New Form Of Mastitis
June 26, 2006
New Form Of Mastitis May Have Adverse Financial Effect On Farmers
Mastitis is of major economic concern to dairy farmers, but if more serious forms of the illness become common the financial effects could be far worse.
One of the challenges farmers may face in the future is coliform mastitis. As farming practices move towards to more Northern Hemisphere methods – including the use of feed pads, indoor housing and supplementary feeds – the risk of coliform mastitis increases.
Coliform mastitis, a more acute form of mastitis caused by the E.coli bacteria, can seriously affect a cow's milk production levels, even more so than more common forms of mastitis.
A new product, 'Cobactan' is the only treatment in New Zealand designed specifically to treat the E.coli bacteria. While it is useful for other conditions, such as respiratory disease, calf septicaemia, lameness due to footrot and diseases affecting pigs, Cobactan's main strength is treating coliform mastitis.
Introduced at the DCV Conference in Napier at the end of June by animal health company Intervet, Cobactan is available in intramammary and injectable systemic treatments. It is a prescription product only available through veterinarians.
Intervet dairy business manager David McDonnell says results from a study by Shpigel et. al. (1997) clearly showed the importance of a quick and efficient treatment in cases of coliform mastitis. Treatment with Cobactan achieved faster improvements to the cow's overall health and returns to milk production compared to controls of a standard intramammary treatment.
In a New Zealand trial three years ago where there was an outbreak of coliform mastitis, the milk yield of some of the cows that contracted the disease dropped by 50 per cent and wasn't regained for the rest of lactation.
The onset of coliform mastitis tends to be sudden and develops rapidly, with some animals showing a high fever and a swollen, painful quarter. Loss of appetite, dehydration and muscle weakness are other possible symptoms. If not treated appropriately coliform mastitis can result in the cow's death.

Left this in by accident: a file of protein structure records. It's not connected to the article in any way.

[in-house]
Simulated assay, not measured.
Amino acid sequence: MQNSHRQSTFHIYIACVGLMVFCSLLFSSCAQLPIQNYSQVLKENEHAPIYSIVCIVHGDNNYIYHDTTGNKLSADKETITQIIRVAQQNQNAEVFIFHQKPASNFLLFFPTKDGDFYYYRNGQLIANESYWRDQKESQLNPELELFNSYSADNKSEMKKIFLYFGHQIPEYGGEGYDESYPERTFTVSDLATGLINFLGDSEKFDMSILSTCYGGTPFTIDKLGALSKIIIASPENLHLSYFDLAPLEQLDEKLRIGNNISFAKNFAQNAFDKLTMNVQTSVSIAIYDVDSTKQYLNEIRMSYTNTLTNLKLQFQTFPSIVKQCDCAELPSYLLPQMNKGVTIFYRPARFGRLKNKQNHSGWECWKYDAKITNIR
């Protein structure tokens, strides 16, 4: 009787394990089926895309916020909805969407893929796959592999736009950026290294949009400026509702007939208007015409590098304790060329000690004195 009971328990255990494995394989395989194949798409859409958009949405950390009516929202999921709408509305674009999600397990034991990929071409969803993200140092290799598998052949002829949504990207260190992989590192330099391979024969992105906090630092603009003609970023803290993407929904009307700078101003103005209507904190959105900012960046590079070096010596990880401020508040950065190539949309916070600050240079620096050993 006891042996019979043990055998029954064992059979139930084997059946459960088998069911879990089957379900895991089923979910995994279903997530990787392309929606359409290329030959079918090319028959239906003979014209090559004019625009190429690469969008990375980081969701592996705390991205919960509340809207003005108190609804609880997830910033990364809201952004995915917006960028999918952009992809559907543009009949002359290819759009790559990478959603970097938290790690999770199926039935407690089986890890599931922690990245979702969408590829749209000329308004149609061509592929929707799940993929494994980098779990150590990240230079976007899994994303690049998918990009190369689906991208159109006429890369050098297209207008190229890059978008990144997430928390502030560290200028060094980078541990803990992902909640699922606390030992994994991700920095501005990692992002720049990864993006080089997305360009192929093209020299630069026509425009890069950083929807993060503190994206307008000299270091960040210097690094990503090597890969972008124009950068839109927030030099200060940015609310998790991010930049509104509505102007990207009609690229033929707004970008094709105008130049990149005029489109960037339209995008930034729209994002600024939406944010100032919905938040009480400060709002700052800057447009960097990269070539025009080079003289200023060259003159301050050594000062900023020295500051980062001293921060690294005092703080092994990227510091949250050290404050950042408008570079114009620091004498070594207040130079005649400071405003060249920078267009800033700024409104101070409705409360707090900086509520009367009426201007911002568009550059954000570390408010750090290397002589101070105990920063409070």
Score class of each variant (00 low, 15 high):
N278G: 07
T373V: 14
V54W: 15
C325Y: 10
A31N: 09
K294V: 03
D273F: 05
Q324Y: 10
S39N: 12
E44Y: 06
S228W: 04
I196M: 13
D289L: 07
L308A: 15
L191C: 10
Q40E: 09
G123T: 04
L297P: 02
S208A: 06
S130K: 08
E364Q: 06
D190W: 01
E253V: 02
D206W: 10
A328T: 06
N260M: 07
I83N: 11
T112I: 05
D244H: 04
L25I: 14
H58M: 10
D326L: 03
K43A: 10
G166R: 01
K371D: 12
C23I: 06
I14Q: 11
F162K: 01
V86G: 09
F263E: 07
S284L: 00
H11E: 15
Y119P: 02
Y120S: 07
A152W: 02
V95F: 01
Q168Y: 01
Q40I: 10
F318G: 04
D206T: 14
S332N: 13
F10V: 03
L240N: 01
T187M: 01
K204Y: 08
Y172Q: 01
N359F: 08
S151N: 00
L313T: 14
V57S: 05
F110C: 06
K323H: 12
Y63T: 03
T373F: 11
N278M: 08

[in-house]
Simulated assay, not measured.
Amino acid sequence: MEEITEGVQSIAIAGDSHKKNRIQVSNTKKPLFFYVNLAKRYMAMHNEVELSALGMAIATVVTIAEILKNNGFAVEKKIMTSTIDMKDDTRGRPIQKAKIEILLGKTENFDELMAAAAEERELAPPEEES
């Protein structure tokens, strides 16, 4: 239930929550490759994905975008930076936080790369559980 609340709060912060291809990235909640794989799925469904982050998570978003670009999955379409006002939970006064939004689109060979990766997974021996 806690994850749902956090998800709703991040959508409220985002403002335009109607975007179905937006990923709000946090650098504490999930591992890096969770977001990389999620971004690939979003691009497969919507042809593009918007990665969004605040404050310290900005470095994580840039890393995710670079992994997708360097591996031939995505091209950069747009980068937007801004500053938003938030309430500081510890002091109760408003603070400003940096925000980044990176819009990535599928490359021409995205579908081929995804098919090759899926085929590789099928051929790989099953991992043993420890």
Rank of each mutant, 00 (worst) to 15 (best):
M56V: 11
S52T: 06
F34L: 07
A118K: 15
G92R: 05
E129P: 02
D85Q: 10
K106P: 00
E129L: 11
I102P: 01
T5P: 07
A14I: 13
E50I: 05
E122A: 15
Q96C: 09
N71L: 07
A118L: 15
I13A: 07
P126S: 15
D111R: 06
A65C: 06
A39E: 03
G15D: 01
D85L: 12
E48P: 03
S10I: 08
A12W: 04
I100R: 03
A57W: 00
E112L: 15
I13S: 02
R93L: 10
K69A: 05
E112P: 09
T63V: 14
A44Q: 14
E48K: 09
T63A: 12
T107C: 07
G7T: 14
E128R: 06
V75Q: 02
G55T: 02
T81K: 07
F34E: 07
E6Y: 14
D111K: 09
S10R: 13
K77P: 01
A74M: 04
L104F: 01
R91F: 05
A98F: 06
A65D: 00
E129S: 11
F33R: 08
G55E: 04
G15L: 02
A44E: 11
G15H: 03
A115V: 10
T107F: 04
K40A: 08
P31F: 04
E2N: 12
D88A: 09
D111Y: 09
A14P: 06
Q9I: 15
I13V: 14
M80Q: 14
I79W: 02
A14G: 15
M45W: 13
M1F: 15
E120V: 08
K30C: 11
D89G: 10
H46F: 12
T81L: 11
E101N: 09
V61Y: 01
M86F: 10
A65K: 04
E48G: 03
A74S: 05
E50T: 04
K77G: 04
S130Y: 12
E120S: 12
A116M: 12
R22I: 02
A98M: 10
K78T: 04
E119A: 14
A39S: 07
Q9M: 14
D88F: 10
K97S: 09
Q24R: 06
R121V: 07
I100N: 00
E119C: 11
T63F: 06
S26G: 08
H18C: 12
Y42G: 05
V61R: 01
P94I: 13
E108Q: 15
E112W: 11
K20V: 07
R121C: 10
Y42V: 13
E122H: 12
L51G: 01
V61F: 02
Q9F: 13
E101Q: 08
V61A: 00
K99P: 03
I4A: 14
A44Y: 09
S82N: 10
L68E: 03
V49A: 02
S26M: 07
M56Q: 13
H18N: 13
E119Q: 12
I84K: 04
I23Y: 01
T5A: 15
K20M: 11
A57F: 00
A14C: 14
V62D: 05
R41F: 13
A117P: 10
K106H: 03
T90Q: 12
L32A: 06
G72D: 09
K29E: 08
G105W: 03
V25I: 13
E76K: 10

McDonnell says in acute cases, results suggest the combination of both intramammary and systemic treatment is likely to achieve rapid tissue penetration of the Cobactan in all regions of the udder within two hours.
The annual cost of mastitis in New Zealand herds varies according to the level of clinical and subclinical mastitis. But according to the National Mastitis Advisory Committee a herd with a seasonal average BMSCC (bulk milk somatic cell count) of 250,000 cells/ml is likely to be losing about $30 per cow ($6000 for an average size herd).
When calculating the cost of mastitis a number of factors are considered, including loss of production, discarded milk, the cost of treatment, deaths from mastitis, milk quality penalties, time, stress on the farmer, replacement costs and premature culling.
McDonnell says dairy farmers will be pleased to know the new premier product Cobactan is now available from their vets.
"Cows are live assets walking around the paddock and farmers want to keep those assets on their feet. When an animal is acutely sick, the farmer obviously will want them to be treated with the most efficient product on the market. Cobactan has a very strong reputation globally, one that I'm sure will grow quickly here in New Zealand."